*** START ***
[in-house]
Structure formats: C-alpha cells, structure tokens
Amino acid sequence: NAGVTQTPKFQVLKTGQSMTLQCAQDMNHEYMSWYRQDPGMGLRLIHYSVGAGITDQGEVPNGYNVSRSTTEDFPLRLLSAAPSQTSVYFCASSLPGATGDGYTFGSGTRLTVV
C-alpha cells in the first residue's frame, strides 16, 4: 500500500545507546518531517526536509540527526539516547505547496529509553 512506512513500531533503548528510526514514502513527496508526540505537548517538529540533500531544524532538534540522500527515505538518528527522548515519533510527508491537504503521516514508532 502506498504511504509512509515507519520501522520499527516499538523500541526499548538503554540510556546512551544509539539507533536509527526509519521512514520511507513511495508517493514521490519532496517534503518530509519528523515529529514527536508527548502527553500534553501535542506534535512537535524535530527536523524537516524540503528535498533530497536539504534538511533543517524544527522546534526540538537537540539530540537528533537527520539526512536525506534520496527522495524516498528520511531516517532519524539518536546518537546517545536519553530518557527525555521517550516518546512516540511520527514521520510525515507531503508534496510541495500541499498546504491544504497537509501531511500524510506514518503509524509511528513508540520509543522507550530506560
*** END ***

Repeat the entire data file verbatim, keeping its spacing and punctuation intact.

[in-house]
Structure formats: C-alpha cells, structure tokens
Amino acid sequence: NAGVTQTPKFQVLKTGQSMTLQCAQDMNHEYMSWYRQDPGMGLRLIHYSVGAGITDQGEVPNGYNVSRSTTEDFPLRLLSAAPSQTSVYFCASSLPGATGDGYTFGSGTRLTVV
C-alpha cells in the first residue's frame, strides 16, 4: 500500500545507546518531517526536509540527526539516547505547496529509553 512506512513500531533503548528510526514514502513527496508526540505537548517538529540533500531544524532538534540522500527515505538518528527522548515519533510527508491537504503521516514508532 502506498504511504509512509515507519520501522520499527516499538523500541526499548538503554540510556546512551544509539539507533536509527526509519521512514520511507513511495508517493514521490519532496517534503518530509519528523515529529514527536508527548502527553500534553501535542506534535512537535524535530527536523524537516524540503528535498533530497536539504534538511533543517524544527522546534526540538537537540539530540537528533537527520539526512536525506534520496527522495524516498528520511531516517532519524539518536546518537546517545536519553530518557527525555521517550516518546512516540511520527514521520510525515507531503508534496510541495500541499498546504491544504497537509501531511500524510506514518503509524509511528513508540520509543522507550530506560